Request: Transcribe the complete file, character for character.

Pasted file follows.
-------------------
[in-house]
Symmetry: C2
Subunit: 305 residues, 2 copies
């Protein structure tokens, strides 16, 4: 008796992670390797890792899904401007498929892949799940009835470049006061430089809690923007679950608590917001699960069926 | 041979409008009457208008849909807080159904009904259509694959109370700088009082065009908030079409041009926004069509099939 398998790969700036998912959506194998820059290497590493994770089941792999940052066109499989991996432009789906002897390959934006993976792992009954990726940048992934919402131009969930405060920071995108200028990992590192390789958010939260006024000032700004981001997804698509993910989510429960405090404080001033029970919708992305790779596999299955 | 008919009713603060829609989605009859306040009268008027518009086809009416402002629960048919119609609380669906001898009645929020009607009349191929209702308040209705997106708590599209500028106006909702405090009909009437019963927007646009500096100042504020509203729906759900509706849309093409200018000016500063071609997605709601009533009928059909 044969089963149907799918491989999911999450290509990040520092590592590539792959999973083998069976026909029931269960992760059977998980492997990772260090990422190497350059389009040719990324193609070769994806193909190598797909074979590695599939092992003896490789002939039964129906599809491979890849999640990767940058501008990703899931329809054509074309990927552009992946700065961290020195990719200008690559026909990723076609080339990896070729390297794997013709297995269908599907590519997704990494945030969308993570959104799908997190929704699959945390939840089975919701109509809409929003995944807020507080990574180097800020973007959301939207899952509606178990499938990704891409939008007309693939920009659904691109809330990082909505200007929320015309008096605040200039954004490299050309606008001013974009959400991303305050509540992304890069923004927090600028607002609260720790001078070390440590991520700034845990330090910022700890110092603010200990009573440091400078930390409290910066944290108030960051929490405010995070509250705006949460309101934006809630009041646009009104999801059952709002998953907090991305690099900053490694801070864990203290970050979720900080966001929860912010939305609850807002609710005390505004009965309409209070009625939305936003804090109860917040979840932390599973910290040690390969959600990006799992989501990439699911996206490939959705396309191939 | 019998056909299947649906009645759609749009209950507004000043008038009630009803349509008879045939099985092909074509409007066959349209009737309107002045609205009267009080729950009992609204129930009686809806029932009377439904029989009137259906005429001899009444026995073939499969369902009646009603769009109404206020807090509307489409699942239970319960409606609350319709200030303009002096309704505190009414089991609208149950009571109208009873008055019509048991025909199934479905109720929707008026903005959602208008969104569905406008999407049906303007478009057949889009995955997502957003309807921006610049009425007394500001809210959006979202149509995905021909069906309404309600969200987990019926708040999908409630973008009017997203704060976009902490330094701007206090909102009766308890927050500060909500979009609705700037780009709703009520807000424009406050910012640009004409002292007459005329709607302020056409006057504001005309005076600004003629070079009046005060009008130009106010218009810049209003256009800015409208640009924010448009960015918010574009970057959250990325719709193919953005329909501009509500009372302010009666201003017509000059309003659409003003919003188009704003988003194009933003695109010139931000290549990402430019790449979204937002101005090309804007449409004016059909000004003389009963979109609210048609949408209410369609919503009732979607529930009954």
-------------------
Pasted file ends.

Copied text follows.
[in-house]
Symmetry: C2
Subunit: 305 residues, 2 copies
């Protein structure tokens, strides 16, 4: 008796992670390797890792899904401007498929892949799940009835470049006061430089809690923007679950608590917001699960069926 | 041979409008009457208008849909807080159904009904259509694959109370700088009082065009908030079409041009926004069509099939 398998790969700036998912959506194998820059290497590493994770089941792999940052066109499989991996432009789906002897390959934006993976792992009954990726940048992934919402131009969930405060920071995108200028990992590192390789958010939260006024000032700004981001997804698509993910989510429960405090404080001033029970919708992305790779596999299955 | 008919009713603060829609989605009859306040009268008027518009086809009416402002629960048919119609609380669906001898009645929020009607009349191929209702308040209705997106708590599209500028106006909702405090009909009437019963927007646009500096100042504020509203729906759900509706849309093409200018000016500063071609997605709601009533009928059909 044969089963149907799918491989999911999450290509990040520092590592590539792959999973083998069976026909029931269960992760059977998980492997990772260090990422190497350059389009040719990324193609070769994806193909190598797909074979590695599939092992003896490789002939039964129906599809491979890849999640990767940058501008990703899931329809054509074309990927552009992946700065961290020195990719200008690559026909990723076609080339990896070729390297794997013709297995269908599907590519997704990494945030969308993570959104799908997190929704699959945390939840089975919701109509809409929003995944807020507080990574180097800020973007959301939207899952509606178990499938990704891409939008007309693939920009659904691109809330990082909505200007929320015309008096605040200039954004490299050309606008001013974009959400991303305050509540992304890069923004927090600028607002609260720790001078070390440590991520700034845990330090910022700890110092603010200990009573440091400078930390409290910066944290108030960051929490405010995070509250705006949460309101934006809630009041646009009104999801059952709002998953907090991305690099900053490694801070864990203290970050979720900080966001929860912010939305609850807002609710005390505004009965309409209070009625939305936003804090109860917040979840932390599973910290040690390969959600990006799992989501990439699911996206490939959705396309191939 | 019998056909299947649906009645759609749009209950507004000043008038009630009803349509008879045939099985092909074509409007066959349209009737309107002045609205009267009080729950009992609204129930009686809806029932009377439904029989009137259906005429001899009444026995073939499969369902009646009603769009109404206020807090509307489409699942239970319960409606609350319709200030303009002096309704505190009414089991609208149950009571109208009873008055019509048991025909199934479905109720929707008026903005959602208008969104569905406008999407049906303007478009057949889009995955997502957003309807921006610049009425007394500001809210959006979202149509995905021909069906309404309600969200987990019926708040999908409630973008009017997203704060976009902490330094701007206090909102009766308890927050500060909500979009609705700037780009709703009520807000424009406050910012640009004409002292007459005329709607302020056409006057504001005309005076600004003629070079009046005060009008130009106010218009810049209003256009800015409208640009924010448009960015918010574009970057959250990325719709193919953005329909501009509500009372302010009666201003017509000059309003659409003003919003188009704003988003194009933003695109010139931000290549990402430019790449979204937002101005090309804007449409004016059909000004003389009963979109609210048609949408209410369609919503009732979607529930009954």